Huge volumes of jet fuel are used by aircraft taxiing on the ground, creating significant noise and air pollution. A French-American partnership has come up with a possible solution, in the form of electric motors for aircraft wheels.
A dual French-American partnership gave its first demonstration of an electric taxiing system for passenger aircraft at the Paris Air show this week, an innovation aimed at reducing noise and air pollution at airports.
Developed by French company Safran and US partner Honeywell, the “Electric Green Taxiing System” (EGTS) will also help airlines cut their fuel bills, as up to five percent of an aircraft’s load of kerosene is used while the plane is still on the ground.
The system is being demonstrated at the Paris Air Show on an Airbus A320, which taxis with virtually no noise, and consists of an electric motor powering the aircraft’s under-wing wheels.
EGTS, in development since 2011, allows the pilot to cut the engines as soon as the plane has landed, drastically cutting noise and fuel pollution at airports.
Electronic taxiing brings also brings significant economic benefits to airlines at a time when jet fuel prices are at an all-time high.
By using EGTS, kerosene consumption drops from 600kg per hour to virtually nothing while the aircraft is on the tarmac, which in turn lightens the aircraft’s fuel load by 300kg, reducing the amount of fuel needed to keep the plane in the air.
In total, Safran and Honeywell estimate that the system will shave up to five percent off the fuel bill for a passenger flight.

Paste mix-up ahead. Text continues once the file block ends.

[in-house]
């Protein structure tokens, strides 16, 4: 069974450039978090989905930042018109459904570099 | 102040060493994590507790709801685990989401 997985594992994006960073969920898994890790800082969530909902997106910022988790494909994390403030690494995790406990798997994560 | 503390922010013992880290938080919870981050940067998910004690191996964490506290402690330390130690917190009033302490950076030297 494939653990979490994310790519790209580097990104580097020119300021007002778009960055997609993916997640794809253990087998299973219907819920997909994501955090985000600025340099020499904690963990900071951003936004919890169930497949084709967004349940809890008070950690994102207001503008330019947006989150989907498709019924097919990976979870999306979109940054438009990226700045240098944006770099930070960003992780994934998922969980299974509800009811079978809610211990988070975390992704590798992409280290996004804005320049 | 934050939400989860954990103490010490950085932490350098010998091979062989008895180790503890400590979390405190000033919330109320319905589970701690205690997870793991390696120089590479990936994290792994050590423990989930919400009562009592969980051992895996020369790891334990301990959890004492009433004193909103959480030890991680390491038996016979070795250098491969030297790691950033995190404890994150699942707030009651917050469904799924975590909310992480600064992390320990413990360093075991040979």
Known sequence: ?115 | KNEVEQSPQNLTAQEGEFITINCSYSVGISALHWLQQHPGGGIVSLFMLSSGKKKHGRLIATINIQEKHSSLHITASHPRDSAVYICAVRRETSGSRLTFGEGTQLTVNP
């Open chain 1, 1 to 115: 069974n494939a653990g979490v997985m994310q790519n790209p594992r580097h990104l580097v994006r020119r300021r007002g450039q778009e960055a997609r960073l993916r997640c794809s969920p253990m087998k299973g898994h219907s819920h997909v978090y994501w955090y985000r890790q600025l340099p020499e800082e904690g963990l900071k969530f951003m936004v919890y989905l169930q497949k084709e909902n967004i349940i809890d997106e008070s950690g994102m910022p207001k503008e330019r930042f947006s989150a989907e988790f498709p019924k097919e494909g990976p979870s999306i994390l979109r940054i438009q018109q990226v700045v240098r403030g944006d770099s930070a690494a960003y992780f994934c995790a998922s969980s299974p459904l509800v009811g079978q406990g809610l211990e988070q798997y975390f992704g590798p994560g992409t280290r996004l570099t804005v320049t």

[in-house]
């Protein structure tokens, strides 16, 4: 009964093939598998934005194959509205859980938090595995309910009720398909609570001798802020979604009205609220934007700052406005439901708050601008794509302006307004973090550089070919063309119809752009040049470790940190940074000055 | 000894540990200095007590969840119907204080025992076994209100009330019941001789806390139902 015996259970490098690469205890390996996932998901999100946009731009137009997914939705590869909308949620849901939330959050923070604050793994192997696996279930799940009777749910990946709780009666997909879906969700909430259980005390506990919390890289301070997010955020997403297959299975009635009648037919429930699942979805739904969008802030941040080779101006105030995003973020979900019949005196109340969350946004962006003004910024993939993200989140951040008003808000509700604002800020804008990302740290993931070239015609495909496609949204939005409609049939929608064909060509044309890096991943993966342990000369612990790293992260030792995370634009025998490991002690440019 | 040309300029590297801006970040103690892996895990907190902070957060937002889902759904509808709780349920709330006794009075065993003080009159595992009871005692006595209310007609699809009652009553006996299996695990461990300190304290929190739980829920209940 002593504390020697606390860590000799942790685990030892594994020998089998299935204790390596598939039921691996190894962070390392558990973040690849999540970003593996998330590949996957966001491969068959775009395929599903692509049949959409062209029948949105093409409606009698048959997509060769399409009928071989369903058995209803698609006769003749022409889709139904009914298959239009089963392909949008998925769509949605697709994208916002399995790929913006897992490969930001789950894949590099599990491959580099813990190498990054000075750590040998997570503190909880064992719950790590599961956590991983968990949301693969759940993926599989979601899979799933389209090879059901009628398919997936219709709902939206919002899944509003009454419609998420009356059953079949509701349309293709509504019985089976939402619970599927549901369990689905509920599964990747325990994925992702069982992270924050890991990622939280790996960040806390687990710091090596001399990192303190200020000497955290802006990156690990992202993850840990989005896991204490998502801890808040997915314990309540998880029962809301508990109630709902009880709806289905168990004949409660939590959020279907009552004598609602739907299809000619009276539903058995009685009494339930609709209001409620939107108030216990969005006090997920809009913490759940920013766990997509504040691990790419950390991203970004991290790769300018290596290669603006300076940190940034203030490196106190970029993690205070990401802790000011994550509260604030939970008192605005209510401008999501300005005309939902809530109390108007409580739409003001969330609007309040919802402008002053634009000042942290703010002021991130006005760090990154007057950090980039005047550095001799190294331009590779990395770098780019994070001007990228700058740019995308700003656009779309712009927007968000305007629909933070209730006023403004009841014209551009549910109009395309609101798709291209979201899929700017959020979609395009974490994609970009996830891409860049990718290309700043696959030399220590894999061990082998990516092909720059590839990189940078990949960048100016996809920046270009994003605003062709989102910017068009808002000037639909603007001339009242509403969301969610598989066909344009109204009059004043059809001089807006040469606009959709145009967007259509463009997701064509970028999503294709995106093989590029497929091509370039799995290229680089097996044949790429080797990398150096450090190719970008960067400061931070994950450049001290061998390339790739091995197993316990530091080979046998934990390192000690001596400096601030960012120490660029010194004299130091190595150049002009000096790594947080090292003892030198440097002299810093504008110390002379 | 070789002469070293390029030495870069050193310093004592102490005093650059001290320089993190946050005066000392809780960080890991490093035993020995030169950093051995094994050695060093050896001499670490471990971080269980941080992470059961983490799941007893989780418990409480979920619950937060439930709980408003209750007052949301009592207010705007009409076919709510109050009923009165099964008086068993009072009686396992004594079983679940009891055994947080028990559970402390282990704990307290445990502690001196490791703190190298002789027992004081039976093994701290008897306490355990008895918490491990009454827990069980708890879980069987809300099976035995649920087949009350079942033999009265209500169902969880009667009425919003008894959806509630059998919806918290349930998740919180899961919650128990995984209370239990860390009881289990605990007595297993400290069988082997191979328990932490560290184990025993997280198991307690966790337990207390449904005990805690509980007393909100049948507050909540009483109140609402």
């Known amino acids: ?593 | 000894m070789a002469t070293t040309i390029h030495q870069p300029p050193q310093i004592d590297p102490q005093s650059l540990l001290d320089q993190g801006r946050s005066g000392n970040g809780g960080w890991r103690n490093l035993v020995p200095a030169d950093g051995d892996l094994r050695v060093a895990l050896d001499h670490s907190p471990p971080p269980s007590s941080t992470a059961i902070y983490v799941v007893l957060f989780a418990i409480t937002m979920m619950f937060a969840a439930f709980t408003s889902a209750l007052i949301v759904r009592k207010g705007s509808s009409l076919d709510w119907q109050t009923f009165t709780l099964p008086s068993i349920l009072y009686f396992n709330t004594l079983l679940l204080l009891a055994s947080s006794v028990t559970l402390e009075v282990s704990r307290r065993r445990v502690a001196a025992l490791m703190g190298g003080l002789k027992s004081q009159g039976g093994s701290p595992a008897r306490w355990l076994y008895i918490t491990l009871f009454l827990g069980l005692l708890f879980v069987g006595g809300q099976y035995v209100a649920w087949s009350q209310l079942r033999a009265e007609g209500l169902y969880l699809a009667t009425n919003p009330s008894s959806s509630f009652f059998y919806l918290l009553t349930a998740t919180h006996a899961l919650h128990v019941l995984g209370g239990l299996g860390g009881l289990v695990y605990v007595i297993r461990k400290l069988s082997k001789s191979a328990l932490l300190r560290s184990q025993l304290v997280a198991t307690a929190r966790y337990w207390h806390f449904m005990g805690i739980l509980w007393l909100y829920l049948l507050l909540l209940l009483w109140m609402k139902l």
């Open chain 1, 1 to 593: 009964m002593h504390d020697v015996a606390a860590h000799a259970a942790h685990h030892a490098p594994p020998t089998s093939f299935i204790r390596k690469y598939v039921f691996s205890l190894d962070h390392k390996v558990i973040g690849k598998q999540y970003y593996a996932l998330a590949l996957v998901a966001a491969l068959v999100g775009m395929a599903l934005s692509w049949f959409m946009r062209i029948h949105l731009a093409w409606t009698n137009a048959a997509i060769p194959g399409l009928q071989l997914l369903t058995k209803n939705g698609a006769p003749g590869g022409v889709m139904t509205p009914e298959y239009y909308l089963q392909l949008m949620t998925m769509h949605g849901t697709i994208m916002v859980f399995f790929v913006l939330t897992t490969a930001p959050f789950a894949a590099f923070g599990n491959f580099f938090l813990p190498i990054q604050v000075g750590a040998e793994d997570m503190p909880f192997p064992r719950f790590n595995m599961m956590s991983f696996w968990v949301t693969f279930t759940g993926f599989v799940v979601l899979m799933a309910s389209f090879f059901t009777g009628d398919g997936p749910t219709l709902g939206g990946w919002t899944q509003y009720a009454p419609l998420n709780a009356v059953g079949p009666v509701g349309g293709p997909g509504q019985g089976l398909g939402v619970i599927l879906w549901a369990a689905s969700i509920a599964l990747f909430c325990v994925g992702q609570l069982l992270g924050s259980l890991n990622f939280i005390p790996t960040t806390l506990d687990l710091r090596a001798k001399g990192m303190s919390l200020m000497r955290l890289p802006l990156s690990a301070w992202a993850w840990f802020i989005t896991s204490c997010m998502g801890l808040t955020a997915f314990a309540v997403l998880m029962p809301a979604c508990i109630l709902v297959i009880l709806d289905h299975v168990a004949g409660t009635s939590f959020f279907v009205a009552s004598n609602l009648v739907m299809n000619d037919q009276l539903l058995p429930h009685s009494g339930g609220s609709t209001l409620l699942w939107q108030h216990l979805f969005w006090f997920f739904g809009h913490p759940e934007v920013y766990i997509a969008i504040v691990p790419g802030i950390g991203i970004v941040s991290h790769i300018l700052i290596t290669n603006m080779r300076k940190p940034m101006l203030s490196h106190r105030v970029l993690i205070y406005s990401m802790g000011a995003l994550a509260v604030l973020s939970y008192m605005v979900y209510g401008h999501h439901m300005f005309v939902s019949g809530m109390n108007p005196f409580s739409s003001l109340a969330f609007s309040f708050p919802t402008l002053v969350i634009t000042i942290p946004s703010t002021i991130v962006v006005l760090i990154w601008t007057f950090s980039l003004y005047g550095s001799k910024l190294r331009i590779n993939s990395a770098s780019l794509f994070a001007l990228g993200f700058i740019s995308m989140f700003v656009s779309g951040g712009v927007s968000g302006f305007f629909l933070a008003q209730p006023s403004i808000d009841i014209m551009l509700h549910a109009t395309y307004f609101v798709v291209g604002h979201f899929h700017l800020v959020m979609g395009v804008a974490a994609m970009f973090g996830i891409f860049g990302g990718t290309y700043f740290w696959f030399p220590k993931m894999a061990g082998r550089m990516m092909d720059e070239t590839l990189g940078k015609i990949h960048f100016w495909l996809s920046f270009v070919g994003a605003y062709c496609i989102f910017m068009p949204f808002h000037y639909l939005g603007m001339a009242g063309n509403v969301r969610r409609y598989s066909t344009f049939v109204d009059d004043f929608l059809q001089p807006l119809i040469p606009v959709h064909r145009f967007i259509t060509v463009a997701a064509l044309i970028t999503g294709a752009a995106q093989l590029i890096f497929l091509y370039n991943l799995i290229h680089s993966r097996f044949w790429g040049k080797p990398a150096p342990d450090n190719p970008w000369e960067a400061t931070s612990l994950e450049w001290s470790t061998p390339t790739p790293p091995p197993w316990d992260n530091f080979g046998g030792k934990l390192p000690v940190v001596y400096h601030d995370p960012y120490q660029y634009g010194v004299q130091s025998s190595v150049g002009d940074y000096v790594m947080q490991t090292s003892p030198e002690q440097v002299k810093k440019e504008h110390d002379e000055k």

A five billion dollar market
EGTS is of particular interest to airlines because average taxiing time is increasing by around five percent a year, with aircraft on the ground running their engines for up to half an hour while waiting to take off.
This is a particular issue for short-haul carriers for whom a half-hour wait on the runway is disproportionately long compared to actual flight time.
Which is why Safran-Honeywell is targeting the types of aircraft used by short-haul airlines, such as the Airbus A320 they are using to showcase EGTS this week.
The two companies anticipate marketing the system from 2016, and hope to equip some 2,600 aircraft with AGTS.
The market would be worth upwards of 5 billion USD (3.7 billion euros), according to US management consultancy Kurt Salmon, and Safran-Honeywell are not the only manufacturers hoping for a slice of the pie.
Air France’s sister carrier KLM is looking at “Wheeltug”, an electric motor powering aircraft’s front wheels, rather than the two under the wing.
And Israel Industry Aerospace is developing “Taxibot” in partnership with Airbus, an aircraft tractor that is remotely controlled by the pilot and has the advantage of not adding any weight to the plane itself.
Date created : 2013-06-18